Wednesday, August 24, 2005 - Bangladesh Telecom

WorldTel loses legal battle for PSTN monopoly

The Appellate Division of the Supreme Court on Tuesday upheld a High Court verdict cancelling the four-year exclusive rights of the UK- based company WorldTel, permitting the government to allow more private sector landline operators in the central zone.

A full bench of the Appellate Division, comprising the chief justice, Syed JR Mudassir Husain, Justice Mohammad Fazlul Karim and Justice Amirul Kabir Chowdhury, rejected the petition filed by the WorldTel Bangladesh Limited, seeking leave to appeal against the High Court’s verdict.

The High Court on April 23 rejected the WorldTel petition challenging a government move to cancel a clause in the agreement that stopped it from opening up the area to other operators before four years have elapsed.

Welcoming the Supreme Court’s judgement, the officials of the Bangladesh Telecommunications Regulatory Commission (BTRC) said that the verdict has enabled the commission to invite applications for the central zone or Dhaka Multi-Exchange for other private sector operators.

The multi-exchange area covers Dhaka city, Jinjira, Savar, Narayanganj, Gazipur and Tongi, which account for, according to the commission, about 60 per cent of the total telecom demands of Bangladesh.

‘There is demand for around 25 lakh landline phones in the central zone right now,’ said a BTRC official, adding that least 10 companies could easily be given licences to operate in the zone because of the huge demand.

The officials of the commission said that BTRC will start the process to invite applications as soon as possible to meet the huge demand for landline connectivity.

The officials said most of the companies, which obtained licences for other zones, are waiting for Dhaka city to be opened up to private operators as the area is the most lucrative.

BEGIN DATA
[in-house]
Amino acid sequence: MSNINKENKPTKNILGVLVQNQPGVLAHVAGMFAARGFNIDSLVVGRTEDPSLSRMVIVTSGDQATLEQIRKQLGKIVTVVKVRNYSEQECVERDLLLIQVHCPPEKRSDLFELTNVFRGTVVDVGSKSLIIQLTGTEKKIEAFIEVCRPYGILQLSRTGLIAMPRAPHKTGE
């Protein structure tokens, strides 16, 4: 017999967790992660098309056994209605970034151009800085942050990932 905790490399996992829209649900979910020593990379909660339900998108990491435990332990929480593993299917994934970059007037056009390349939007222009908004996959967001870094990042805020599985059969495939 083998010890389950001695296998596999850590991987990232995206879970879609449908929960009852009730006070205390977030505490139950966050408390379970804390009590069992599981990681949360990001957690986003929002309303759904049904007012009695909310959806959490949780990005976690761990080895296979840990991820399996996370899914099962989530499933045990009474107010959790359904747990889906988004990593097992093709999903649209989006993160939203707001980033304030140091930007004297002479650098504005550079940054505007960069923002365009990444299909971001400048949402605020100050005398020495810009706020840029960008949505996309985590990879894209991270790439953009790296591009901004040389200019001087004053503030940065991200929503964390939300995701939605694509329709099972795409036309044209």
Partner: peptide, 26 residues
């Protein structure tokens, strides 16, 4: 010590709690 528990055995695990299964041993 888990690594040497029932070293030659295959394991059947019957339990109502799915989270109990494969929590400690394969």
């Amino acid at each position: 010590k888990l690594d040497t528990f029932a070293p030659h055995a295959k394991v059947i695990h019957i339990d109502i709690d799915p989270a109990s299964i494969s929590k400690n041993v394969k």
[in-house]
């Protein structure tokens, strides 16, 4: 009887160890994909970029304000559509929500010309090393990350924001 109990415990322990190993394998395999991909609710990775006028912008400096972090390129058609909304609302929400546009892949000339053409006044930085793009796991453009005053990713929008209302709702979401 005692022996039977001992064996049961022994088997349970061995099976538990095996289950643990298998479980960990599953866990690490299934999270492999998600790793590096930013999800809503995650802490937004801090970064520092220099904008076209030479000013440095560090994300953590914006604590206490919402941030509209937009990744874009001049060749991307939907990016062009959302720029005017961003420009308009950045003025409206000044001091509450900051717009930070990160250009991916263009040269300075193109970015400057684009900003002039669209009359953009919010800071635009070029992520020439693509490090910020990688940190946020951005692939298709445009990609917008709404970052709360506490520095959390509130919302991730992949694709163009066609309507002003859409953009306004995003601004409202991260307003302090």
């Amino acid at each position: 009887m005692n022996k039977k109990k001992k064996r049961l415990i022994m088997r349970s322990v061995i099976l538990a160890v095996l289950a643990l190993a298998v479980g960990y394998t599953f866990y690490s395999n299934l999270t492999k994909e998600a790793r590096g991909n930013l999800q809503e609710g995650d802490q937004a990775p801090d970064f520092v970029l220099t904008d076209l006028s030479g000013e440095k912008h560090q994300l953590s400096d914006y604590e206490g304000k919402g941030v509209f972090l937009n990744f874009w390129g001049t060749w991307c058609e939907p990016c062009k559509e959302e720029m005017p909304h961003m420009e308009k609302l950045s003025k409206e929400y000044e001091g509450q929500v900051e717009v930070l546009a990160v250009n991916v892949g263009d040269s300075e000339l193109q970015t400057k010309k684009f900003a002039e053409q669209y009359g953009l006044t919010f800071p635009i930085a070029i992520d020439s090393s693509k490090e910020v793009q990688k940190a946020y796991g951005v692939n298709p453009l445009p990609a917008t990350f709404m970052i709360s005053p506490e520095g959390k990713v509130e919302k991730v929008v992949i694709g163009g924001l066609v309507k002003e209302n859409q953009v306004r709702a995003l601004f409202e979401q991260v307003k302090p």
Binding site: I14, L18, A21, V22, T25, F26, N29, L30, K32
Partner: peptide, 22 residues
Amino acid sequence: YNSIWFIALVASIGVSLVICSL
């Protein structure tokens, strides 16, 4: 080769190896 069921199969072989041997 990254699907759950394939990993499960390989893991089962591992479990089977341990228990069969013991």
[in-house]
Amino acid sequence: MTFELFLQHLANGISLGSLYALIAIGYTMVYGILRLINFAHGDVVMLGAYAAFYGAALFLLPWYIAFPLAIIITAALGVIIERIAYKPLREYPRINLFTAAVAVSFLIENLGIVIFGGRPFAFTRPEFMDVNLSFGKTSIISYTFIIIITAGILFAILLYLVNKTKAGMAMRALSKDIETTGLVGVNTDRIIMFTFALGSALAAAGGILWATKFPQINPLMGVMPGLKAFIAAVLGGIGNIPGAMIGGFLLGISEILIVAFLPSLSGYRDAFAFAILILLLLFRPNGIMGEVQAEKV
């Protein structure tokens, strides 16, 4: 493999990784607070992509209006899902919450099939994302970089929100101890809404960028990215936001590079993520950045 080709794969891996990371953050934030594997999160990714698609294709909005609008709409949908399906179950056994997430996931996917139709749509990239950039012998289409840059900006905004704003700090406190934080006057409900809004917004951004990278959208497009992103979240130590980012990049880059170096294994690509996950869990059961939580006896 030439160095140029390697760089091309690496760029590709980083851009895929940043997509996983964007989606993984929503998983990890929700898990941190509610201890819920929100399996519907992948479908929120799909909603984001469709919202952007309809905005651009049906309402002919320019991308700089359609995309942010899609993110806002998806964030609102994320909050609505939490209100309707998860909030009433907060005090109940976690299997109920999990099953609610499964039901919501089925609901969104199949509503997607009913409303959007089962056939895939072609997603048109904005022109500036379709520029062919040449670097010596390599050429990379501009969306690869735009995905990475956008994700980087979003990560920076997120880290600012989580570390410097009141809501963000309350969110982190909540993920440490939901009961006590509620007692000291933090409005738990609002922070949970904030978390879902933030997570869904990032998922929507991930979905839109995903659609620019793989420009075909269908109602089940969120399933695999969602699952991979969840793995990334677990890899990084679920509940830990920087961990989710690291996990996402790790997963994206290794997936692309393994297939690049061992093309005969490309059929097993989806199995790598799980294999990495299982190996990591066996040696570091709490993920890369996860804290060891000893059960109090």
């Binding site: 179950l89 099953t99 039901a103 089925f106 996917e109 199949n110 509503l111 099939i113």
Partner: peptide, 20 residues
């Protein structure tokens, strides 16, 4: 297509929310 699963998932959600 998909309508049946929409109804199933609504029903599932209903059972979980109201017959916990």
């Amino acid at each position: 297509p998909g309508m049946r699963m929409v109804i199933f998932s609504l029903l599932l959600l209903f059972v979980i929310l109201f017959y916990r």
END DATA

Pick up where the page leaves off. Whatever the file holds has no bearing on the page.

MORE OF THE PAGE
The UK-based WorldTel obtained a licence in July 2001 from the government to provide 3,00,000 landlines in Dhaka city at an investment of about $300 million on a build-own-operate basis with a four-year exclusive right.

The commission invited bids for private landline operation on February 17 under the open licence system in four zones, out of the five zones segmented by the commission, and has so far awarded about 35 licences to 19 companies for operation in the north-east, south-east, north-west and south-west zones.

But Dhaka city has been left out of the open licence system as WorldTel issued a legal notice to the Ministry of Posts and Telecommunications in January 2004, preventing any move to open up the area to other operators.

But in May 2004, the BTRC cancelled the exclusive rights of WorldTel, terming the clause anti-competitive and violative of the Telecommunications Act-2001, which stipulated opening up the telecom sector to more private sector operators.

However, following cancellation of the exclusive rights, WorldTel filed a writ in the High Court challenging the BTRC’s decision, which was rejected by the High Court on April 23 this year.

The full bench of the Appellate Division of the Supreme Court on April 27 ruled on a status quo and stayed the High Court’s ruling after WorldTel’s appeal against the High Court’s verdict, and also directed BTRC not to issue licences to any other private operators.

Meanwhile, the WorldTel is likely to begin commercial operation by November to provide about three lakh landline connections in phases.

In April, WorldTel signed a $120 million agreement with Chinese telecom equipment manufacturer, ZTE Corporation, for installation of CDMA technology to operate according to the wireless local loop system.

The commission, earlier, fixed the licence fee for Dhaka at Tk 5 crore and renewal fees at Tk 2 crore.

Private sector PSTN operators, who got licences from the commission for other zones, welcomed the Appellate Division’s verdict.

Quamrul Islam Siddique, managing director of Dhaka Telephone, which got licences for four zones, said that they are happy at the Supreme Court’s verdict and hoped that the commission would soon invite applications to allow private PSTN operators in the lucrative central zone.

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